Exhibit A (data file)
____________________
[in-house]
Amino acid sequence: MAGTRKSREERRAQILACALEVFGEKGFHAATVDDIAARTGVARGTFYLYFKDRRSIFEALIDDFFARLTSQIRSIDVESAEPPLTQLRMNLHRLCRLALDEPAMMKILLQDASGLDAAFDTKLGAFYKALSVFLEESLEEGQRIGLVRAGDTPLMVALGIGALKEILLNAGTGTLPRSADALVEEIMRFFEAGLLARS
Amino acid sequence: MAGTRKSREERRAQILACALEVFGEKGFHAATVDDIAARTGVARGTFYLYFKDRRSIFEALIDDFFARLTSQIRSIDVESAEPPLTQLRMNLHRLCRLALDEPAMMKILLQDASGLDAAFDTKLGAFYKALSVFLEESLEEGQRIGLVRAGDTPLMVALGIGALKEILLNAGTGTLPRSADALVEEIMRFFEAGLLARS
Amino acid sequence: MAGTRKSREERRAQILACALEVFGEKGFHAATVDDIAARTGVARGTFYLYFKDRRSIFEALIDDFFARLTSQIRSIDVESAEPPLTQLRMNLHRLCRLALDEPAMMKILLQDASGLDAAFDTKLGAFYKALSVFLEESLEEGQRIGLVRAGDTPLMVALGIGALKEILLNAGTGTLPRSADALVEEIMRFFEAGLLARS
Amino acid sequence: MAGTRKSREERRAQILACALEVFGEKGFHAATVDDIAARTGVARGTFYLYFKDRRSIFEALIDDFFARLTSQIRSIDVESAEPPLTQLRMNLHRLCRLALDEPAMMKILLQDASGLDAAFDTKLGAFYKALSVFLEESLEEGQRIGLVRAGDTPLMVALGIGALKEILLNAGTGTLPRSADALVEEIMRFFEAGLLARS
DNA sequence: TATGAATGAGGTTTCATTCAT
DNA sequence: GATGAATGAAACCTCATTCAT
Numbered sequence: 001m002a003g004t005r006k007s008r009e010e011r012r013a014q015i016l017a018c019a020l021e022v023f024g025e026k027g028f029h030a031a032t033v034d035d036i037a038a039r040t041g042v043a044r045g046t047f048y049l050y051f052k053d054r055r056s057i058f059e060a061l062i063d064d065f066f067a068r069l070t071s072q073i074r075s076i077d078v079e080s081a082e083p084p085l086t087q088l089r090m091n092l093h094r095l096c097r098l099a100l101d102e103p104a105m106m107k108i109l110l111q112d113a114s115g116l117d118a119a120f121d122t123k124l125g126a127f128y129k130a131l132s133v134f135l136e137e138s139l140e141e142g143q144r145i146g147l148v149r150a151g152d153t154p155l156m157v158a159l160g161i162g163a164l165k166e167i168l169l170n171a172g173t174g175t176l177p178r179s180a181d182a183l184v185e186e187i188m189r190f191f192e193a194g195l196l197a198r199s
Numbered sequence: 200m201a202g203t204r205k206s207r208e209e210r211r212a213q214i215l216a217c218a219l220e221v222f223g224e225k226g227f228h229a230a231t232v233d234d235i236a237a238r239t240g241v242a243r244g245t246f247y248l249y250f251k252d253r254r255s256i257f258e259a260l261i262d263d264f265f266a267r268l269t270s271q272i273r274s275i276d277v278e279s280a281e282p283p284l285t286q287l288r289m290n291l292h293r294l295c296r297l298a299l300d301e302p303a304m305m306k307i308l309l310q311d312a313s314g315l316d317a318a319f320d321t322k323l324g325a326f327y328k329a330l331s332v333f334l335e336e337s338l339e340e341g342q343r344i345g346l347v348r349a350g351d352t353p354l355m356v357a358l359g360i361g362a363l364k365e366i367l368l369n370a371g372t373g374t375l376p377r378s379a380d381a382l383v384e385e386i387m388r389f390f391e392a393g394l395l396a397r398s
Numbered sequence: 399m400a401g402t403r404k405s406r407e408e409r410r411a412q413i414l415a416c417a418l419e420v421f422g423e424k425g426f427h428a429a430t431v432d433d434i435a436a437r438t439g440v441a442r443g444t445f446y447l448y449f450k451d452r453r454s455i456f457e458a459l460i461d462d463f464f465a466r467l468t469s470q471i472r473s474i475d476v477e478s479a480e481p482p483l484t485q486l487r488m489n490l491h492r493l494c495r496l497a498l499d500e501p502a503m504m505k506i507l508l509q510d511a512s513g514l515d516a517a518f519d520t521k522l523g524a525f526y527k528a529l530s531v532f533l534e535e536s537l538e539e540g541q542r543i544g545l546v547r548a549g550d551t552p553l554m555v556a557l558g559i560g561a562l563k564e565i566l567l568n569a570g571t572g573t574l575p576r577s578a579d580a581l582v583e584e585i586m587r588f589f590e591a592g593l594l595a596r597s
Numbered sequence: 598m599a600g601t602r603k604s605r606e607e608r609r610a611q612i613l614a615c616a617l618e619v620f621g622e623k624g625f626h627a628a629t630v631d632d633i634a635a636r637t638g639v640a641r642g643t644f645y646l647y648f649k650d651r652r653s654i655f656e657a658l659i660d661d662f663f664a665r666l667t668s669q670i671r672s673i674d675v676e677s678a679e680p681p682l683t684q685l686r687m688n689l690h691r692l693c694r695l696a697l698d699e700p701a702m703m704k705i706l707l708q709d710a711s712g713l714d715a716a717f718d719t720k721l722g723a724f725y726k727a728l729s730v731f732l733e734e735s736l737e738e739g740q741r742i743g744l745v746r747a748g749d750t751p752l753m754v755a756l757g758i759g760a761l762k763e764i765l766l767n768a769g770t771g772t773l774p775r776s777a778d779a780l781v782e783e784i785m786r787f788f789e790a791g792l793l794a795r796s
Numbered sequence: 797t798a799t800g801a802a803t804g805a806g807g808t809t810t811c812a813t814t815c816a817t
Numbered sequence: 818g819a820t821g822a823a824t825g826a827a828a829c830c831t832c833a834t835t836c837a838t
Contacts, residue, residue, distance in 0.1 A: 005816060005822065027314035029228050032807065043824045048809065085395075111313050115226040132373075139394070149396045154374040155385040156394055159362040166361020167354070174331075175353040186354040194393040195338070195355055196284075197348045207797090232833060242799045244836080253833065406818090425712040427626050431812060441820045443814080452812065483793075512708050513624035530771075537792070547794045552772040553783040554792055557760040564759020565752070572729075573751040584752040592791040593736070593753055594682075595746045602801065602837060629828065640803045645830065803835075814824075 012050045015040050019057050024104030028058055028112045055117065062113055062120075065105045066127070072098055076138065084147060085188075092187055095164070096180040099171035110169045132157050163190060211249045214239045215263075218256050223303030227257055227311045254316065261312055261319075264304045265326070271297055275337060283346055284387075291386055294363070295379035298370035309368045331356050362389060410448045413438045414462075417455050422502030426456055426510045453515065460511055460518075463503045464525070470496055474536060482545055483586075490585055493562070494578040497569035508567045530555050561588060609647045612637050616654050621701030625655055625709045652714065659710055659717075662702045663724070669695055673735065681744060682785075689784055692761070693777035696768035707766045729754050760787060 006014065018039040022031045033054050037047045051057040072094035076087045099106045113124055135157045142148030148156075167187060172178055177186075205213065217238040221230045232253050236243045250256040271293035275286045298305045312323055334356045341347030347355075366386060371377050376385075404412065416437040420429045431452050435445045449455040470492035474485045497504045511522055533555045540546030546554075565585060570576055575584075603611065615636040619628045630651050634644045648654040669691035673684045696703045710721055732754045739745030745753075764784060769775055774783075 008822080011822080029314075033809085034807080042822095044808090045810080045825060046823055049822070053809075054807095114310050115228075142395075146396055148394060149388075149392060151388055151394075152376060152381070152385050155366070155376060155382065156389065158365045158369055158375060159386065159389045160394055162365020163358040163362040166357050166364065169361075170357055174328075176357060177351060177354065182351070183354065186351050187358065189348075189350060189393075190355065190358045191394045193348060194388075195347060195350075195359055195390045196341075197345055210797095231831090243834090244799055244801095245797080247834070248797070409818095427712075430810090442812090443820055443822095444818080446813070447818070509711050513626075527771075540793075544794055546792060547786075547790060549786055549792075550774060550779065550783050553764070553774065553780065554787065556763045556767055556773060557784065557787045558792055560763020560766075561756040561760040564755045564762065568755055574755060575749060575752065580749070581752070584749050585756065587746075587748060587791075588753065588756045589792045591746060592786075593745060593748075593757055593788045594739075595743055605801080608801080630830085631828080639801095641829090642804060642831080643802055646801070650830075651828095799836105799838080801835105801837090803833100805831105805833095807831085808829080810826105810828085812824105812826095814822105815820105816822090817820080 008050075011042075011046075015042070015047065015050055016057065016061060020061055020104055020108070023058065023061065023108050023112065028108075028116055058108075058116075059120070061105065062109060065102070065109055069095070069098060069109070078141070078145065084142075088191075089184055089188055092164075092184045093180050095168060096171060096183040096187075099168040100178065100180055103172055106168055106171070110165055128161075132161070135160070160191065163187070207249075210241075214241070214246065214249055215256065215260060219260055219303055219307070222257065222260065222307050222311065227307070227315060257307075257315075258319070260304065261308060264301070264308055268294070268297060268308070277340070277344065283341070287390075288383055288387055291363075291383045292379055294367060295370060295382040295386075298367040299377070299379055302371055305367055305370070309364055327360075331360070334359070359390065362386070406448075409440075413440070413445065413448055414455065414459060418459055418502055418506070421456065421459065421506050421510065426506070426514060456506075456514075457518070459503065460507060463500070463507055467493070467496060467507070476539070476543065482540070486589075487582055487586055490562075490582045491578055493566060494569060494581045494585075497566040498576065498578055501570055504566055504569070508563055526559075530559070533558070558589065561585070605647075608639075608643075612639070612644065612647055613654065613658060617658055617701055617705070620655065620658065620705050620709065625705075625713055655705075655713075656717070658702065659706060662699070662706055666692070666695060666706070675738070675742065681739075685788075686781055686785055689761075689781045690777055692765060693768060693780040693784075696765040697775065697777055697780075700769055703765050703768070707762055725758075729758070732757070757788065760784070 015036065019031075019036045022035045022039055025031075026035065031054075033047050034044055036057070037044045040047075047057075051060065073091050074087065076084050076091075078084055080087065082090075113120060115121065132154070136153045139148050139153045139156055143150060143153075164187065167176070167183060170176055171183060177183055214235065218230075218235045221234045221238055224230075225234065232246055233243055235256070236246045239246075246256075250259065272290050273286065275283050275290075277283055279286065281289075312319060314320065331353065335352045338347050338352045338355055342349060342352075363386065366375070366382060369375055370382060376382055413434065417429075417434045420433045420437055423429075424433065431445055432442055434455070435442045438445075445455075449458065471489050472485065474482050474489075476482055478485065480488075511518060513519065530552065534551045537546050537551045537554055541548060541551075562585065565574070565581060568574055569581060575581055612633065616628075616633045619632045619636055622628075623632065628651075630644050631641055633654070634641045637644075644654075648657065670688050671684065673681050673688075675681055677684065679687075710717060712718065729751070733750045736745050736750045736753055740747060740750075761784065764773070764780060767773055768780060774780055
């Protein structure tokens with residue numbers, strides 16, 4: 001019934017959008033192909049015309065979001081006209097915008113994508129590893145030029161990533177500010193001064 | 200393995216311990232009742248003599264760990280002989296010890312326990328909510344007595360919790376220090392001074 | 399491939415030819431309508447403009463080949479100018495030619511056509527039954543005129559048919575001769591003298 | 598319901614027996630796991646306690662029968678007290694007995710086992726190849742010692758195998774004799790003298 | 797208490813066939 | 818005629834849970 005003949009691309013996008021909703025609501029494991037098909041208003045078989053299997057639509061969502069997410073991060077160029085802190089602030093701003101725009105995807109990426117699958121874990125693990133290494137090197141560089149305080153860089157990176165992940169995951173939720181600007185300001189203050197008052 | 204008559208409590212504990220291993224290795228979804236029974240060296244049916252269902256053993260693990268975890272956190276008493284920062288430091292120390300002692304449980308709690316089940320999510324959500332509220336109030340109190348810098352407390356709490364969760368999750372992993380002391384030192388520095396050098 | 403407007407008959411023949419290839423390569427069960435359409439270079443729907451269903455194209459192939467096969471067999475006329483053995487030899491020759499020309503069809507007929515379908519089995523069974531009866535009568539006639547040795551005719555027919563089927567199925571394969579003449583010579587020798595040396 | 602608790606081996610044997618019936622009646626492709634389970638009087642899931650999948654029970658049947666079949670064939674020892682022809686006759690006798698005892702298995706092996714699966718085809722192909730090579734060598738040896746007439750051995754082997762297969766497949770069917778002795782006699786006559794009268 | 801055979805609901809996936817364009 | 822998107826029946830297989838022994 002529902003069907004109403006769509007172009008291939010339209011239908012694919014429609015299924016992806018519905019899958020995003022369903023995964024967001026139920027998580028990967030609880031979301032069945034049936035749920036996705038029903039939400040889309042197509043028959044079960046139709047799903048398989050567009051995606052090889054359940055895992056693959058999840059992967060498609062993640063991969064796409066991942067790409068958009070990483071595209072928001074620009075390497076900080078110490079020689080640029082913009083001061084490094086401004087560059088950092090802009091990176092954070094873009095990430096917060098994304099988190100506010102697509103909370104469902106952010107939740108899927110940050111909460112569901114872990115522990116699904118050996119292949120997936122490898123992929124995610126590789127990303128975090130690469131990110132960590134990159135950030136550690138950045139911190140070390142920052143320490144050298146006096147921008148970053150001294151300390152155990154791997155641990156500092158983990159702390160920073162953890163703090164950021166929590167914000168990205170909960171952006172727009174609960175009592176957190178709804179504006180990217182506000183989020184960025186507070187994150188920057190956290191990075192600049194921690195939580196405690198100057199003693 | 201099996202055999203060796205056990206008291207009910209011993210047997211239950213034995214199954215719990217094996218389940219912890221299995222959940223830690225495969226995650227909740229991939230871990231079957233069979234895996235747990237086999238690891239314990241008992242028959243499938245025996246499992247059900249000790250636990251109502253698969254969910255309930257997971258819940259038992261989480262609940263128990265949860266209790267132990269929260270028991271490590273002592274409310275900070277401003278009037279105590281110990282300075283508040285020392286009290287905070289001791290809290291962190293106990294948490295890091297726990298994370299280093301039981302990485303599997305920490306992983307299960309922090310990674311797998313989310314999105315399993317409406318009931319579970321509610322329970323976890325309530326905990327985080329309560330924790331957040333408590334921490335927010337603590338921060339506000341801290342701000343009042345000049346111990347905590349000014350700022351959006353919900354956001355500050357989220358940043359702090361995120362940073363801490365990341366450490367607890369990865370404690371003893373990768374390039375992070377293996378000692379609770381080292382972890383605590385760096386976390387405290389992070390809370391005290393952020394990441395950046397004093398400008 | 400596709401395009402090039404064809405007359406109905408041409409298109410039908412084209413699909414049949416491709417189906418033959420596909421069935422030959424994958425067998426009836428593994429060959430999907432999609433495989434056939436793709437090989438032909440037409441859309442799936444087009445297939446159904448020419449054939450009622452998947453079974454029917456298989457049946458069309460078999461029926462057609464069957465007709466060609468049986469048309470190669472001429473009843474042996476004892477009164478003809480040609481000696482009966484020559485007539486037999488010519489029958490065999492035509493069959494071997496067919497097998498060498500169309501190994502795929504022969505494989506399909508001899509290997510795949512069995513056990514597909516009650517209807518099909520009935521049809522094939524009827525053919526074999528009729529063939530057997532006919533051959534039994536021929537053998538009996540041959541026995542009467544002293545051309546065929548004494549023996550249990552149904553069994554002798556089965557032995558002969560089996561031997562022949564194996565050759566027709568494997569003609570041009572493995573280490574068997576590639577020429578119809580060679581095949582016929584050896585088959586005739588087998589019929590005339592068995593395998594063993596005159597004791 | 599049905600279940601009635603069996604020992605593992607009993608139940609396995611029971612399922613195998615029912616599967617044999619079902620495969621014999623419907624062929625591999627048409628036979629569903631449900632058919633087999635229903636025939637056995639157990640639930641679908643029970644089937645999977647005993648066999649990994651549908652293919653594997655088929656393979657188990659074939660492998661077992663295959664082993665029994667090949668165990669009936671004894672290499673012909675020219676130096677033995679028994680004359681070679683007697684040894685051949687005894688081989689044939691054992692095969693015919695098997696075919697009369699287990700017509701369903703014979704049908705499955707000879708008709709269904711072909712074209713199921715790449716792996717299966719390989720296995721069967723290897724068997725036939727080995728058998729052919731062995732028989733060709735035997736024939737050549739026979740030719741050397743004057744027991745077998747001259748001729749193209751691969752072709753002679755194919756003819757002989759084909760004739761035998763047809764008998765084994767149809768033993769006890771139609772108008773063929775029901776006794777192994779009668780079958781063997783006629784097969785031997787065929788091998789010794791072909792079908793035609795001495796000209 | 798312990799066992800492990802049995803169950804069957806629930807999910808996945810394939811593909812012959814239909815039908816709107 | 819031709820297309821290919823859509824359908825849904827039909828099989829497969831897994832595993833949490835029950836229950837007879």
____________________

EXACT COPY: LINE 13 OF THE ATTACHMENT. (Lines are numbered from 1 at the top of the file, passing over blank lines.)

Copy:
Numbered sequence: 818g819a820t821g822a823a824t825g826a827a828a829c830c831t832c833a834t835t836c837a838t